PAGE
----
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    The Hugo Young Papers

    By: Hugo Young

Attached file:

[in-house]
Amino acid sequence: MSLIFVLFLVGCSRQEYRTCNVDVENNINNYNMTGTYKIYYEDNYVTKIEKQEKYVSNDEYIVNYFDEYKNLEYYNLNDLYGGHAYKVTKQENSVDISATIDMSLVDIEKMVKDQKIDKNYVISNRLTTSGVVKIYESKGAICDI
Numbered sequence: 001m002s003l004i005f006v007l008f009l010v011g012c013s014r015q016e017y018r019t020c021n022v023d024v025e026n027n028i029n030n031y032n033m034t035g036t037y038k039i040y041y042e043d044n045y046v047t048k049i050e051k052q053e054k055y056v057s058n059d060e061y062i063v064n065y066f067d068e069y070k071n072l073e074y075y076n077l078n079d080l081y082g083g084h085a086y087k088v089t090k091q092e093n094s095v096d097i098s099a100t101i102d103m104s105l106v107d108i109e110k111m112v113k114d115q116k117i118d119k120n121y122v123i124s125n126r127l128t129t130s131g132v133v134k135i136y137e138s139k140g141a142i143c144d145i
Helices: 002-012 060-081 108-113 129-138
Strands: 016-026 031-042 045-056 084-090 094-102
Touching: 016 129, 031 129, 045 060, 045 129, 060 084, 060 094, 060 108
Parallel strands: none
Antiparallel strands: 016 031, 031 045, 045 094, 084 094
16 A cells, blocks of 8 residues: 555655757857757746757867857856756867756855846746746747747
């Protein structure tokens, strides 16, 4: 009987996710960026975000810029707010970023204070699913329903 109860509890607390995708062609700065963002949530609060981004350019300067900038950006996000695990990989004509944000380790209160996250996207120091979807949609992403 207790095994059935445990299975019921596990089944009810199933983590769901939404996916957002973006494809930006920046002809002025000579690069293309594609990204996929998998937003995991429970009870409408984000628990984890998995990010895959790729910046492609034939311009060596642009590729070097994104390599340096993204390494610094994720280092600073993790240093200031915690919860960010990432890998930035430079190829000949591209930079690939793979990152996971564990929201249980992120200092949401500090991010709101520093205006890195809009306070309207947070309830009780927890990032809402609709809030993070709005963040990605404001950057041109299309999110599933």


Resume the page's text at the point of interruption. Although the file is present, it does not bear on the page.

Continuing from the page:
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    Hugo Young was one of Britain’s leading journalists for over thirty years, first on the Sunday Times, where he was political editor and deputy editor, and then as the Guardian’s senior political commentator. On his death in 2003 he was called ‘the Pope of the liberal left’, but for the last decade or more of his life there was really no more admired and respected journalist in any position on the political spectrum. One of the secrets of Young’s success as a journalist was that he was exceptionally well informed. Politicians from every major party, senior civil servants, judges and public figures of all kinds talked to him off the record, discussions which then informed the judgements he made when he wrote. Most of his interlocutors were unaware that straight after their telephone conversation, meal or meeting with Young had finished, he meticulously wrote down exactly what had been said, together with his own immediate impressions of whoever he was talking to. By 2003, Young’s records from such conversations amounted to a million and a half words. From this extraordinary archive Ion Trewin, who knew Young since they were colleagues in the 1960s, has made a selection which presents a unique record of what many of the leading figures in British political and public life were thinking, frankly and without the distortions of hindsight, for more than three decades. The result is one of the most gripping and informative books about British politics published for many years. Young’s first interviewee, Douglas Hurd, later Home Secretary and Foreign Secretary, and one of his regulars for the whole of the period of this book, judged him thus: ‘His success was partly achieved by creating a conversation between two people roughly equal in status and knowledge. His own preconception sometimes appeared, as is natural in a conversation between equals, but never in a way which interrupted the even flow of discourse. He did not distort what he heard.’ The Hugo Young Papers shows Young’s central place in the nexus between politics and journalism in Britain and provides a historical document of the first rank.

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